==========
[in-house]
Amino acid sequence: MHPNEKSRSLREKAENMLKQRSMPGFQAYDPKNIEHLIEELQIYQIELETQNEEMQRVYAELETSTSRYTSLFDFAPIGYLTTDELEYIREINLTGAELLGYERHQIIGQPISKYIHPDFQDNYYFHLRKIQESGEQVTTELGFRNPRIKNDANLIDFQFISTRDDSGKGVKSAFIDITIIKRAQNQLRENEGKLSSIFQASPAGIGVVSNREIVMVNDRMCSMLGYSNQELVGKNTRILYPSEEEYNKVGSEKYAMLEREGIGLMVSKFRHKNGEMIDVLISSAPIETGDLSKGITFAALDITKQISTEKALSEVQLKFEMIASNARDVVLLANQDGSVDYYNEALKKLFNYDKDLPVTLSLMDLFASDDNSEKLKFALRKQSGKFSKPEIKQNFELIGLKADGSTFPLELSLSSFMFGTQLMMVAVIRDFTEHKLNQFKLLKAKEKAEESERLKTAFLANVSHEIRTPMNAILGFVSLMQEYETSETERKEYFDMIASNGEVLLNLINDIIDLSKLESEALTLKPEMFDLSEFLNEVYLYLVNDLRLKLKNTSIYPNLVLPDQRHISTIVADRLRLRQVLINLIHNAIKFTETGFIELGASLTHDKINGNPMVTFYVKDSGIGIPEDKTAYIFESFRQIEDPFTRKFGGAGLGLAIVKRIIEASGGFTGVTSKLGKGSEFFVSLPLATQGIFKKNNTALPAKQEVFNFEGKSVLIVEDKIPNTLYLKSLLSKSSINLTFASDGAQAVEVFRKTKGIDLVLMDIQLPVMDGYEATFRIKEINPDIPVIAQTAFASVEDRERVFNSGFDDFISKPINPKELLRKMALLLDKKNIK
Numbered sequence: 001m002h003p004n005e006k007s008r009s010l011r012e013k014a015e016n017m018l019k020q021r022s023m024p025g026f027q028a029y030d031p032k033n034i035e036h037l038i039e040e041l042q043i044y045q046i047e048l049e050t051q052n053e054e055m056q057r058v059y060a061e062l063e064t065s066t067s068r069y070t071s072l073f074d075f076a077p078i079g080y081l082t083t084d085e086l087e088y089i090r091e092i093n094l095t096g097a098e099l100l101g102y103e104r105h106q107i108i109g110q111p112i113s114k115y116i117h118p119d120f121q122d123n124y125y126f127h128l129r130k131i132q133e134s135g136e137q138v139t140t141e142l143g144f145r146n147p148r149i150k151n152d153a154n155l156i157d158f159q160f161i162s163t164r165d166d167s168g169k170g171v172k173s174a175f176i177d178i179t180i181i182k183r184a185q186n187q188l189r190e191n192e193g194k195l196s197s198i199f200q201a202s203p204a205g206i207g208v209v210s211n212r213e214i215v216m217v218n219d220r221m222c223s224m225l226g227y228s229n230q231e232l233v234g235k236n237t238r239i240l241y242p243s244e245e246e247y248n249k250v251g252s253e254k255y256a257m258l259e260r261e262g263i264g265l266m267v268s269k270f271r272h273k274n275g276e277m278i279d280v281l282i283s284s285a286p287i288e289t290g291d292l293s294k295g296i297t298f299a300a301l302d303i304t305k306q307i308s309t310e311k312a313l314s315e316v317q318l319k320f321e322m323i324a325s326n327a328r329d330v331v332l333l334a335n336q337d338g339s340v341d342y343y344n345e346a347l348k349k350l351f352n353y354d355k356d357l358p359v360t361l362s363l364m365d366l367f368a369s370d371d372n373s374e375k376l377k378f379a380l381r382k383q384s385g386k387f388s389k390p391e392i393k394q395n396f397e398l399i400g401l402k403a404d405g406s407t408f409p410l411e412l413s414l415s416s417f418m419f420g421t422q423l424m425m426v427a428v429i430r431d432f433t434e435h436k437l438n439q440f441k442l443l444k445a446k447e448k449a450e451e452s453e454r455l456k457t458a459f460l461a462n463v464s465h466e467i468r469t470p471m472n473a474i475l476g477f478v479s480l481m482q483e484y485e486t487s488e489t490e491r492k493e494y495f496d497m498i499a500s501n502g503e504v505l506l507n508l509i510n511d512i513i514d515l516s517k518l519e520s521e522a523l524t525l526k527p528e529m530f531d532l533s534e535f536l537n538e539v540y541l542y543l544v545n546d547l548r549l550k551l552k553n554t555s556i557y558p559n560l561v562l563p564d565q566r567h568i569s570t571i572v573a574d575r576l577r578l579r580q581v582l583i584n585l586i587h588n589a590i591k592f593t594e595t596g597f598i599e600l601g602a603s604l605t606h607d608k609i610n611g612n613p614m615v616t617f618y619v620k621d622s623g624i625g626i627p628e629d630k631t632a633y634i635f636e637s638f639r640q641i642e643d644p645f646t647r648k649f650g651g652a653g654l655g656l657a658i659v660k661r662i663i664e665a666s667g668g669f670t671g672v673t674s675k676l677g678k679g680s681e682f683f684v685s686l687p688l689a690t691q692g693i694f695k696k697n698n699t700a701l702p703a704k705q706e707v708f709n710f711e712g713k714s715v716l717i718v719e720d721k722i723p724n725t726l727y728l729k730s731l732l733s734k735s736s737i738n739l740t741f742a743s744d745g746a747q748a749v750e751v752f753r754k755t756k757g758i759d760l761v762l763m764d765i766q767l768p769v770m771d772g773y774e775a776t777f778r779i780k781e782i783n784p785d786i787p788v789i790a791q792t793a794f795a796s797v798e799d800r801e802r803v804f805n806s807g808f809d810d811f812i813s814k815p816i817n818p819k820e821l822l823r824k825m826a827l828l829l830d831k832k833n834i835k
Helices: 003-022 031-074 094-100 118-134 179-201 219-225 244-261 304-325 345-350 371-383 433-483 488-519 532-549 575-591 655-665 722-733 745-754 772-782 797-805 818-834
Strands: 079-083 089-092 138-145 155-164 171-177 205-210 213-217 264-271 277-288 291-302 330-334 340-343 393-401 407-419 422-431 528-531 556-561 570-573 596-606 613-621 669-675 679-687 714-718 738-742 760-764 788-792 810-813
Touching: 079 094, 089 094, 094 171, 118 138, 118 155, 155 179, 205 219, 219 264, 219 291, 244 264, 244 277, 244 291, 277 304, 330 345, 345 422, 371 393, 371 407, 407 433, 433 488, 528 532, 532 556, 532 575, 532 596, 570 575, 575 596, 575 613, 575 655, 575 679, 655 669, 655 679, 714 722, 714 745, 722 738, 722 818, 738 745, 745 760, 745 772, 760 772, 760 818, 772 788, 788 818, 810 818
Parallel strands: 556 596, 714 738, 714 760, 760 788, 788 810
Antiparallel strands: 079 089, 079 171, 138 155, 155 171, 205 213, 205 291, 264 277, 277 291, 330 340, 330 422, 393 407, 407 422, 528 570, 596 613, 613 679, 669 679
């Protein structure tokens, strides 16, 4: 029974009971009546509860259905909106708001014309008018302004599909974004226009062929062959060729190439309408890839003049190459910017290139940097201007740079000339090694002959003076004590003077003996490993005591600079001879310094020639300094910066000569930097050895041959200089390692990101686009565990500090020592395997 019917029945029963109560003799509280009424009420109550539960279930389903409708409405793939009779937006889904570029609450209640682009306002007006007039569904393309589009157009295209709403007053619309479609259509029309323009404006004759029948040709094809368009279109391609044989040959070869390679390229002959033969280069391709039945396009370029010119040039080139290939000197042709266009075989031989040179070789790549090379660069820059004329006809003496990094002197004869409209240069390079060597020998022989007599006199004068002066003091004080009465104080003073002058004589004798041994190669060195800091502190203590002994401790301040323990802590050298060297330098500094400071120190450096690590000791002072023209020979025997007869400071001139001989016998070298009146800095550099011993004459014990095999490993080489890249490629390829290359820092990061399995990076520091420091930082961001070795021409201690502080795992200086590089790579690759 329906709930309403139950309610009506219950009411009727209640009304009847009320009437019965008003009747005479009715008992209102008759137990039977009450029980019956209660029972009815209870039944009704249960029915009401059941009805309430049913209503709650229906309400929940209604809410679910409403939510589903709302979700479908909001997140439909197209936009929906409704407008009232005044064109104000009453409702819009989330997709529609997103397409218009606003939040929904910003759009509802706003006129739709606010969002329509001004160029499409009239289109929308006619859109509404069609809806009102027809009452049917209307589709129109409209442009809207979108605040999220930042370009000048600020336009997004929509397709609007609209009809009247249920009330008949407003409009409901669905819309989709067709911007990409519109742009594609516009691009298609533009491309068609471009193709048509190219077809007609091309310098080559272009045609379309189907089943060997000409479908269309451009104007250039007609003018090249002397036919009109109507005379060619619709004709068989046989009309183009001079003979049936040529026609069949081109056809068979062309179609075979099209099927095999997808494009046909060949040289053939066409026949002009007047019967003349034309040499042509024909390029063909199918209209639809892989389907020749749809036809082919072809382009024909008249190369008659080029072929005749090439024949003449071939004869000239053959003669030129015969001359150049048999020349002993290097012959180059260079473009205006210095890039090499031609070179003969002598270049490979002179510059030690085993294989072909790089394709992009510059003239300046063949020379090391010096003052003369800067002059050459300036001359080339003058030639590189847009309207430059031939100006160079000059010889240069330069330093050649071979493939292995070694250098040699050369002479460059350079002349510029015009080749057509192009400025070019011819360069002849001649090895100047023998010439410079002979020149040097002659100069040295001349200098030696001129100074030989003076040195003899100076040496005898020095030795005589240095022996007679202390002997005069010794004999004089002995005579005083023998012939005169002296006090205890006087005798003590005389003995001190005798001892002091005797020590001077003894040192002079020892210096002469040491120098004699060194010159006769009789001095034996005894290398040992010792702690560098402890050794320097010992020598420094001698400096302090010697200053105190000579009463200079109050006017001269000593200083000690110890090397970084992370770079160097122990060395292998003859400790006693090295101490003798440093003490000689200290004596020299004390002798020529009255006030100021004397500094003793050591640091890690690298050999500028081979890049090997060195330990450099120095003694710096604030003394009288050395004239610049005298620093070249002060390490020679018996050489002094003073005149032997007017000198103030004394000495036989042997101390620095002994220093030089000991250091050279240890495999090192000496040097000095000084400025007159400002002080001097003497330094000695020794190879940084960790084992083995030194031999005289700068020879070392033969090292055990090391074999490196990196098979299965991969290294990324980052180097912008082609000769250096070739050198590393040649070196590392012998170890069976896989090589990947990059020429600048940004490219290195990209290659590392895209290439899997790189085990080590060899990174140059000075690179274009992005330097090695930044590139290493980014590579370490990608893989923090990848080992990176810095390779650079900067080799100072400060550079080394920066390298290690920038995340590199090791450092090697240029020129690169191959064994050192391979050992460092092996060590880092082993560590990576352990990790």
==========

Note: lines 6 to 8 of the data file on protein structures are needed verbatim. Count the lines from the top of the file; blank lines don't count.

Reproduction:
Touching: 079 094, 089 094, 094 171, 118 138, 118 155, 155 179, 205 219, 219 264, 219 291, 244 264, 244 277, 244 291, 277 304, 330 345, 345 422, 371 393, 371 407, 407 433, 433 488, 528 532, 532 556, 532 575, 532 596, 570 575, 575 596, 575 613, 575 655, 575 679, 655 669, 655 679, 714 722, 714 745, 722 738, 722 818, 738 745, 745 760, 745 772, 760 772, 760 818, 772 788, 788 818, 810 818
Parallel strands: 556 596, 714 738, 714 760, 760 788, 788 810
Antiparallel strands: 079 089, 079 171, 138 155, 155 171, 205 213, 205 291, 264 277, 277 291, 330 340, 330 422, 393 407, 407 422, 528 570, 596 613, 613 679, 669 679